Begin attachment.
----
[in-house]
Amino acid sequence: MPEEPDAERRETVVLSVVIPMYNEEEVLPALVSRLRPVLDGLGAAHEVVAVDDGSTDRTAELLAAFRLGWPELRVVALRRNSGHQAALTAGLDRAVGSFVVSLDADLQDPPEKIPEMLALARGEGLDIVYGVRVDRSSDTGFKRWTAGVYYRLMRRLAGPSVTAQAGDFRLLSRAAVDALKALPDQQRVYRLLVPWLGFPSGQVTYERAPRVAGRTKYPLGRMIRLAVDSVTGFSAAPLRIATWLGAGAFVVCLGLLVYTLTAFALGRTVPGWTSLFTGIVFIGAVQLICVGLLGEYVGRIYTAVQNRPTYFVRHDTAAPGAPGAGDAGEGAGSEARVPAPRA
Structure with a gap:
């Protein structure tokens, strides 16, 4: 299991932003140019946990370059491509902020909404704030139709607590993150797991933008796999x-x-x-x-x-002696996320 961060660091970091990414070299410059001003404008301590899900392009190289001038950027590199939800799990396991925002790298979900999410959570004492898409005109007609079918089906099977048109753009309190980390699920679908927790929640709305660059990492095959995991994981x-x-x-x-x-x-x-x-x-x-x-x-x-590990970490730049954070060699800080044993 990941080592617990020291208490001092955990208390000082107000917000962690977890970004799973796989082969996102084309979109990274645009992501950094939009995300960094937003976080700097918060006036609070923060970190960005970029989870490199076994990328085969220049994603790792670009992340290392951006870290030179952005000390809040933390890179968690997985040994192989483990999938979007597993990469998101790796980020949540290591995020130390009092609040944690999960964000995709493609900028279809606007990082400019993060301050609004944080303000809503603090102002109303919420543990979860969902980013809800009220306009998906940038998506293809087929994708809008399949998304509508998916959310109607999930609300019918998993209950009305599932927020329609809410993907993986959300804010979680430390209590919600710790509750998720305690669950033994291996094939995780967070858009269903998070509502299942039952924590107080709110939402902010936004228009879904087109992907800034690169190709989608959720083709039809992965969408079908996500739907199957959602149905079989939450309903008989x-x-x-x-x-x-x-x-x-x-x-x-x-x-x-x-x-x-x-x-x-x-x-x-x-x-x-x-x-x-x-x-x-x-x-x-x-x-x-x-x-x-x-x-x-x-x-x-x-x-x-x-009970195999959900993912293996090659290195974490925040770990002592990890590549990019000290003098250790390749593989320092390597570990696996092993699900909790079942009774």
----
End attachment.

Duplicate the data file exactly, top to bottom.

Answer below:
[in-house]
Amino acid sequence: MPEEPDAERRETVVLSVVIPMYNEEEVLPALVSRLRPVLDGLGAAHEVVAVDDGSTDRTAELLAAFRLGWPELRVVALRRNSGHQAALTAGLDRAVGSFVVSLDADLQDPPEKIPEMLALARGEGLDIVYGVRVDRSSDTGFKRWTAGVYYRLMRRLAGPSVTAQAGDFRLLSRAAVDALKALPDQQRVYRLLVPWLGFPSGQVTYERAPRVAGRTKYPLGRMIRLAVDSVTGFSAAPLRIATWLGAGAFVVCLGLLVYTLTAFALGRTVPGWTSLFTGIVFIGAVQLICVGLLGEYVGRIYTAVQNRPTYFVRHDTAAPGAPGAGDAGEGAGSEARVPAPRA
Structure with a gap:
């Protein structure tokens, strides 16, 4: 299991932003140019946990370059491509902020909404704030139709607590993150797991933008796999x-x-x-x-x-002696996320 961060660091970091990414070299410059001003404008301590899900392009190289001038950027590199939800799990396991925002790298979900999410959570004492898409005109007609079918089906099977048109753009309190980390699920679908927790929640709305660059990492095959995991994981x-x-x-x-x-x-x-x-x-x-x-x-x-590990970490730049954070060699800080044993 990941080592617990020291208490001092955990208390000082107000917000962690977890970004799973796989082969996102084309979109990274645009992501950094939009995300960094937003976080700097918060006036609070923060970190960005970029989870490199076994990328085969220049994603790792670009992340290392951006870290030179952005000390809040933390890179968690997985040994192989483990999938979007597993990469998101790796980020949540290591995020130390009092609040944690999960964000995709493609900028279809606007990082400019993060301050609004944080303000809503603090102002109303919420543990979860969902980013809800009220306009998906940038998506293809087929994708809008399949998304509508998916959310109607999930609300019918998993209950009305599932927020329609809410993907993986959300804010979680430390209590919600710790509750998720305690669950033994291996094939995780967070858009269903998070509502299942039952924590107080709110939402902010936004228009879904087109992907800034690169190709989608959720083709039809992965969408079908996500739907199957959602149905079989939450309903008989x-x-x-x-x-x-x-x-x-x-x-x-x-x-x-x-x-x-x-x-x-x-x-x-x-x-x-x-x-x-x-x-x-x-x-x-x-x-x-x-x-x-x-x-x-x-x-x-x-x-x-x-009970195999959900993912293996090659290195974490925040770990002592990890590549990019000290003098250790390749593989320092390597570990696996092993699900909790079942009774």